December 20, 2017
It's time to get back to the divinity who inspired us originally — to love and forgiveness, to turning the other cheek and total nonviolence.

I am 76 years old and I have been listening to sermons for all those 76 years. My religiously devout parents took me to church from the get-go. I had the longest string of perfect attendance pins in the history of the Oak Park Presbyterian Church in Philadelphia — one of the longest strings of perfect attendance pins in the whole of the U.S.A. I have heard thousands of sermons, sung millions of hymns, and heard the Bible explained in trillions of ways.

Often while listening or singing I have wished I had a basket of rotten fruit to heave at the pulpit and express my opinion of the preacher — such nonsense from the pulpit, such pap in the hymns, such utter confusion in Bible spinning. 

Amanda M. Fairbanks
December 13, 2017
Walking into the garage and dusting off our box of Christmas decorations moved me, unexpectedly, to tears.

“Moving to California is a lot like living in the future,” my friend Peter said to me, as I was fresh from the trauma of moving from Sag Harbor to Marin County one year ago. 

Though Los Angeles runs through both sides of my family for generations, our relocation to Northern California couldn’t have come as more of a shock. The early days of moving felt a bit like trying on a foreign country for size — learning new ways of dressing (Patagonia and Birkenstocks) and socializing (make plans but don’t commit too forcefully). Also, fragrance is forbidden, and recreational cannabis has replaced the evening cocktail.

December 6, 2017
When I was diagnosed with lymphoma eight years ago, my search for strength and solace involved bringing as much music into my life as possible.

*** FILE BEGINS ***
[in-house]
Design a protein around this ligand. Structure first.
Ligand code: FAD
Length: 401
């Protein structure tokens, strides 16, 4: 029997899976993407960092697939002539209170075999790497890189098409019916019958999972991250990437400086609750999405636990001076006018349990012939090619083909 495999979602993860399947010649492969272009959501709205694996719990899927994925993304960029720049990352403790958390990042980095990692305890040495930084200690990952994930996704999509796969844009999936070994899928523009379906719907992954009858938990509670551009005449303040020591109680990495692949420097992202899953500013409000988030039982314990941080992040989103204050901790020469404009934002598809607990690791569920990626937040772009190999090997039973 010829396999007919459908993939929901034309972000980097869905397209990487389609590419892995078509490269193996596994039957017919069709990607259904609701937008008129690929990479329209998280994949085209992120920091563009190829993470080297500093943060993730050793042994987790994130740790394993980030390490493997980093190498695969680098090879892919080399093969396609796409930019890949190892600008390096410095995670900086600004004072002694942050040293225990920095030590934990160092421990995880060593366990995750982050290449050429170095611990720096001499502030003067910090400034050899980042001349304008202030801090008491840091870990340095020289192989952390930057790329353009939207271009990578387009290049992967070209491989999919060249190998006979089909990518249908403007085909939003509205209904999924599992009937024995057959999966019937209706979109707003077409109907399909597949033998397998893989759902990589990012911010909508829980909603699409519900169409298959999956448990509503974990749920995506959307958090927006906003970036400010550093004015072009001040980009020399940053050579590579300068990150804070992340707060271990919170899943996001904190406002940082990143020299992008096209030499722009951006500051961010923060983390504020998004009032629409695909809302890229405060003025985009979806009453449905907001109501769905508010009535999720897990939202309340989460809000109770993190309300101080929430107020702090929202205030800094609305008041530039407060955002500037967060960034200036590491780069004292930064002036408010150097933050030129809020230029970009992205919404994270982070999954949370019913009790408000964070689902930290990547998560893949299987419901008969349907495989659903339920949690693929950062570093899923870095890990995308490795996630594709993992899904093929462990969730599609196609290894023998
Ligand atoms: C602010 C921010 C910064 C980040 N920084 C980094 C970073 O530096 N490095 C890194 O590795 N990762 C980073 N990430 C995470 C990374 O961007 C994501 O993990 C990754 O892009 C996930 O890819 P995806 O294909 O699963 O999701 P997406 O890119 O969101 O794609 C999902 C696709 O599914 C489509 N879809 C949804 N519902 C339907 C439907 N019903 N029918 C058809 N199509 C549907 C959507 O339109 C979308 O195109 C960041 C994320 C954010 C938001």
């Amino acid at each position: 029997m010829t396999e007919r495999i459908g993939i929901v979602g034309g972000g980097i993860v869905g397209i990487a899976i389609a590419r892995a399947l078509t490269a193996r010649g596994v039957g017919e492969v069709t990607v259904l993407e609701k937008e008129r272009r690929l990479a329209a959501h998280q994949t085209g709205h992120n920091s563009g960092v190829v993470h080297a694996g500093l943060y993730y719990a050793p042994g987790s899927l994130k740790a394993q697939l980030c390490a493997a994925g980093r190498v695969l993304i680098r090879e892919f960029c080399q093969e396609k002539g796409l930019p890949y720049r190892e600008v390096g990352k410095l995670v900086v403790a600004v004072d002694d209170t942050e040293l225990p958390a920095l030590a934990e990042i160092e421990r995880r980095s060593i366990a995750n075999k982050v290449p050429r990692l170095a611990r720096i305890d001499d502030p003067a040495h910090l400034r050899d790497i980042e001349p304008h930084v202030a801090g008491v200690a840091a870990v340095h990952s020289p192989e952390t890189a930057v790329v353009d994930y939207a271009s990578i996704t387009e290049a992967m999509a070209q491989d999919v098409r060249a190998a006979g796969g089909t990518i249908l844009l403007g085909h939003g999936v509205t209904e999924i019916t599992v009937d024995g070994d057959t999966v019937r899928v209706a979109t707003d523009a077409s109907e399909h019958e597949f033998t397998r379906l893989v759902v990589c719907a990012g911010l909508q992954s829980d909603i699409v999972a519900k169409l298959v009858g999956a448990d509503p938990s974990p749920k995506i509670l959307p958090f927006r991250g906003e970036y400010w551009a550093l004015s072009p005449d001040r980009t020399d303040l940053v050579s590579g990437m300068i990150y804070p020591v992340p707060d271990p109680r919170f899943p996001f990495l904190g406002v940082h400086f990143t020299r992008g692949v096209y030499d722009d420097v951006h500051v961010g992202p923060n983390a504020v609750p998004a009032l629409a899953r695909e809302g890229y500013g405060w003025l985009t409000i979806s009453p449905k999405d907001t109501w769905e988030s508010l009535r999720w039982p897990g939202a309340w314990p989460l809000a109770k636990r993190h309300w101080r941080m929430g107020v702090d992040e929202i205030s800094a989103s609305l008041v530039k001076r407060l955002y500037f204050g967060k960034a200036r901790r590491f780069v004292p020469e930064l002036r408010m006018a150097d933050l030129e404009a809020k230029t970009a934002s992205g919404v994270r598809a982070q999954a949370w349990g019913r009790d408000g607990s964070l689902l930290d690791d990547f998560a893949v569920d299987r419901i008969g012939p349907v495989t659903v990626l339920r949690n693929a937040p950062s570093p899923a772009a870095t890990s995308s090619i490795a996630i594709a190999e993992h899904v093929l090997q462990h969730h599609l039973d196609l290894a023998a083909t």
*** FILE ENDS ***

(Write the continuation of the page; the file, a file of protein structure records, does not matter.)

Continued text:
Those of us who’ve been there know where the mind goes when the words “It’s cancer, I’m so sorry” become an indelible part of one’s story. I won’t even try to cover the possible reactions we experience, whether the news refers to us or to a loved one. But the shock passes and the acceptance slowly takes over, and the search for strength and solace begins.

November 29, 2017
In the wake of Brown v. Board of Education, a grad student's deep dive into the question of equal protection vis-a-vis the integration of public schools.

When I entered grad school at the University of Wisconsin in the fall of 1956, my graduate professor in American history asked if I had a thesis subject in mind. I said I didn’t yet have one, and he asked if I would take a project on. Then he explained what it was.

November 22, 2017
During this 200th anniversary of Henry David Thoreau's birth, let's rededicate ourselves to the high value he placed on childhood.

This year is the 200th anniversary of the birth of Henry David Thoreau. In recognition of the occasion, celebrations have highlighted the better-known aspects of his life and work. For example, events have featured Thoreau’s two years of spartan existence at Walden Pond and his decision to go to jail rather than pay taxes to support the Mexican-American War and slavery.

I would like to call attention to a relatively neglected theme in Thoreau’s thinking: The high value he placed on childhood.

November 16, 2017
I don’t think I can take another Thanksgiving with my overzealous, politically inclined relatives.

I wonder if it would be socially acceptable to dump my family and invite myself to eat the holiday feast with the Johnsons, total strangers who live down the block — ’cause I don’t think I can take another year with my overzealous, politically inclined relatives. And I predict this year will be a doozy.

Besides, I hear the Johnsons are politically apathetic. So what if the cooking is bland? I can picture my surrogate relations now — they’ll have mellow yellow candles glowing in each window. Zen music will be coming from every orifice of their walls. Maybe all they’ll argue about over dinner is the wishbone. 

November 9, 2017
We don’t need Facebook or Twitter to teach us about the timeless harassment of women. Just open up the Bible.

The harrowing tales of sexual assault and harassment have continuously bombarded my computer screen for the last two weeks. I knew this kind of abuse was happening throughout the world, but I didn’t know how ingrained it was in the everyday lives of American women. I thought Harvey Weinstein, who tyrannically harassed and assaulted Hollywood actresses, was a phenomenon, but I was wrong. The trending #MeToo has opened my eyes to see that sexual violence, assault, and harassment are far too common. 

Yet we don’t need Facebook or Twitter to teach us about the timeless harassment of women. Just open up the Bible.

#MeToo: Sarah is forcefully inducted into the harems of Pharaoh and Abimelech (Genesis 12 and Genesis 20).